Caspar Bowden, UK privacy pioneer, mourned by tech industry
Technology industry figures and firms have been paying tribute to Caspar Bowden, a renowned digital privacy advocate, who has died of cancer.
He had campaigned against what he saw as intrusions by companies and governments on people's digital lives.
He co-founded and was director of the Foundation for Information Policy Research, an influential UK think tank.
The Electronic Frontier Foundation (EFF) said it was "shocked and saddened".
Caspar frequently had the frustrating experience of seeing his most pessimistic predictions disregarded as alarmist, only to turn out to be true all along," said the EFF's international director Danny O'Brien.
"Among a community filled with perceptive advocates for a better future, Caspar Bowden stood out as one of the most prescient and the most determined. With a far-reaching knowledge of both policy and technology, he was frequently years ahead of his contemporaries in identifying upcoming issues, and never hesitated to transform his own life and career to better meet those challenges."
Speaking to technology and security news site The Register, Privacy International's Gus Hosein said: "[Caspar Bowden] was a fervent believer in privacy, and technology's role in creating and ensuring it. He hacked legislation to see what it was that governments were trying to do and called them on it."
Mr Bowden's brother Malcolm told BBC News he hoped plans for a Caspar Bowden Foundation would come to fruition.
"Caspar loved rockets and liberty. He had an unsurpassed understanding of privacy issues, the law and the shenanigans our governments and their agencies indulge in.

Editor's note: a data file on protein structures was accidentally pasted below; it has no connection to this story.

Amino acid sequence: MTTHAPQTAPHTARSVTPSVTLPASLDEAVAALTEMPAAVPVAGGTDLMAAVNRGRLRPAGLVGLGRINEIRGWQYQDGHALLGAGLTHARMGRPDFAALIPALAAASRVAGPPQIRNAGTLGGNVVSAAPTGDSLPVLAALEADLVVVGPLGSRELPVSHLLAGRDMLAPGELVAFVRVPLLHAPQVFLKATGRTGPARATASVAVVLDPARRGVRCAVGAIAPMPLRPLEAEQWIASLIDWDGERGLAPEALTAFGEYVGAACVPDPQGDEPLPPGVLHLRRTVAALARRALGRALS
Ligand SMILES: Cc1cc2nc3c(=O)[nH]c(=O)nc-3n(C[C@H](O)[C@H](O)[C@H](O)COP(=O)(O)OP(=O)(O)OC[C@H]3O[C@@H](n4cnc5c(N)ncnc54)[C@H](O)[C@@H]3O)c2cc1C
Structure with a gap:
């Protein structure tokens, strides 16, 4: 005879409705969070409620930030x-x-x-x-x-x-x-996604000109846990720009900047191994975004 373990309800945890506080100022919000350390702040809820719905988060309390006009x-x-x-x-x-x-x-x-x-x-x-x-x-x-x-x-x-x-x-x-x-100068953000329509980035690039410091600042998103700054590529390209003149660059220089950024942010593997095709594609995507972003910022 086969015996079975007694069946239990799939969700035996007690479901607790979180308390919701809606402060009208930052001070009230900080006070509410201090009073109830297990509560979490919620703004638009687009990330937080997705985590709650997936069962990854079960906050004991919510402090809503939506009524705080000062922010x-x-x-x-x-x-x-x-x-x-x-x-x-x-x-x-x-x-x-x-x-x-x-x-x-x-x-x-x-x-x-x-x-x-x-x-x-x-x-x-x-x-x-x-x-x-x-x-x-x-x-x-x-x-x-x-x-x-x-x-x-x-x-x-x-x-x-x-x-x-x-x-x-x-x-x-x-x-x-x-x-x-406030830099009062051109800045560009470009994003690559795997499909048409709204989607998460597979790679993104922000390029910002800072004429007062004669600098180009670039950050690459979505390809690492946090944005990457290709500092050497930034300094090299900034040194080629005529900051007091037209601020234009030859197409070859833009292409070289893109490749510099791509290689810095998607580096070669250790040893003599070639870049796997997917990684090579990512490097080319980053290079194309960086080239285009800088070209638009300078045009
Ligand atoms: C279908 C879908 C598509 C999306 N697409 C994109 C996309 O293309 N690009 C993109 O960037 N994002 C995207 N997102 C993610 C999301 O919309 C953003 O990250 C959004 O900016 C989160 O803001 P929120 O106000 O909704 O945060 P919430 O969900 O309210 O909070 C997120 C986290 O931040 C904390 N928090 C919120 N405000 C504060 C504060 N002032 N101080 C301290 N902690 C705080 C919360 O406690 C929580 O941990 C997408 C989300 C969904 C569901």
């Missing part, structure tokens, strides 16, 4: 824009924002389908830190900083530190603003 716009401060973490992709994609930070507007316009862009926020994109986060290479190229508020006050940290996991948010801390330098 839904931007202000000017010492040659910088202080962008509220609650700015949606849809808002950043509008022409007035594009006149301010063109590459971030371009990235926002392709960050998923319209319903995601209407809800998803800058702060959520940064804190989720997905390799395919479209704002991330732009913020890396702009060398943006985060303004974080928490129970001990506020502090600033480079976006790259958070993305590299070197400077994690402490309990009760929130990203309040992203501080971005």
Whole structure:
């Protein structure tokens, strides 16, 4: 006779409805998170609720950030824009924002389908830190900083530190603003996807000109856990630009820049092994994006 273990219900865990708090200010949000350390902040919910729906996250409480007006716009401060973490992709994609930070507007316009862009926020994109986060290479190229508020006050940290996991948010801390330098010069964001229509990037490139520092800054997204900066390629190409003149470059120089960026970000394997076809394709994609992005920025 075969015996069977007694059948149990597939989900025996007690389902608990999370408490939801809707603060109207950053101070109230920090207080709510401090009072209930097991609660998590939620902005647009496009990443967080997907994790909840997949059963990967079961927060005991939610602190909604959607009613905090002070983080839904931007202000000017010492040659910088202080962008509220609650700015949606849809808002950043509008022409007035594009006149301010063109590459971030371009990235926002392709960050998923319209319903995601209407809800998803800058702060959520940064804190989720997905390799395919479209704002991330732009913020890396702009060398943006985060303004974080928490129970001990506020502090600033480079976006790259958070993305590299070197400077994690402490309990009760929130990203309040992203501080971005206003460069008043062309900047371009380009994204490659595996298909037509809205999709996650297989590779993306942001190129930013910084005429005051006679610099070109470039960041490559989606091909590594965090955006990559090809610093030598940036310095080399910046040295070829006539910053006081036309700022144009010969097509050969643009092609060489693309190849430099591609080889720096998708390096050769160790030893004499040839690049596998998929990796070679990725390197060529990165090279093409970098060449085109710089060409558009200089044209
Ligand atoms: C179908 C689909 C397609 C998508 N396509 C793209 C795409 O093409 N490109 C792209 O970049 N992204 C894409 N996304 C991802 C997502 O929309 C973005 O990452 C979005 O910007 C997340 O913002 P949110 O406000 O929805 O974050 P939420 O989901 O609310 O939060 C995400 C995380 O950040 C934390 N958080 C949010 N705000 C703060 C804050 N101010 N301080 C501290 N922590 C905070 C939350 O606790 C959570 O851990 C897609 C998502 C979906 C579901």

"We seldom understood what he was telling us but he had most certainly convinced himself. We loved him dearly and feel his stature will surely grow."
Up until his death, Mr Bowden had been a director for the Tor Project, the non-profit group which oversees development of the Tor browser, used by many to cover their identity while on the internet.
In a statement, the Tor Project said: "Caspar was a passionate supporter of universal human rights, including the right to privacy. The world has lost a voice of tremendous moral courage."
Separately, the Tor Project's Jacob Appelbaum added: "In the hospital Caspar Bowden asked that we work to ensure equal protection regardless of nationality. Privacy is a universal human right."
During his career Mr Bowden was called upon by the European Union and others to offer detailed analysis on matters of privacy.
In the wake of the Edward Snowden revelations, Mr Bowden was asked to produce a report on the impact of US surveillance on the rights of Europeans.
Mr Bowden's Foundation of Internet Policy Research fiercely opposed the creation of the Regulation of Investigatory Powers bill, better known as Ripa, later described by the Home Affairs Select Committee as being not fit for purpose. Its powers are currently under review.
Former Liberal Democrat MP Julian Huppert - who had been on the committee - tweeted: "Shocked at the news of the death of Caspar Bowden, one of the world's leading tech privacy experts. An honour to have worked with him."
Mr Bowden also worked for Microsoft between 2002 and 2011 as a privacy strategist. He later said he had been fired for speaking out about privacy matters at the firm.
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Photograph of Caspar Bowden provided by Wikimedia Commons user Rama under a Cc-by-sa-2.0-fr licence.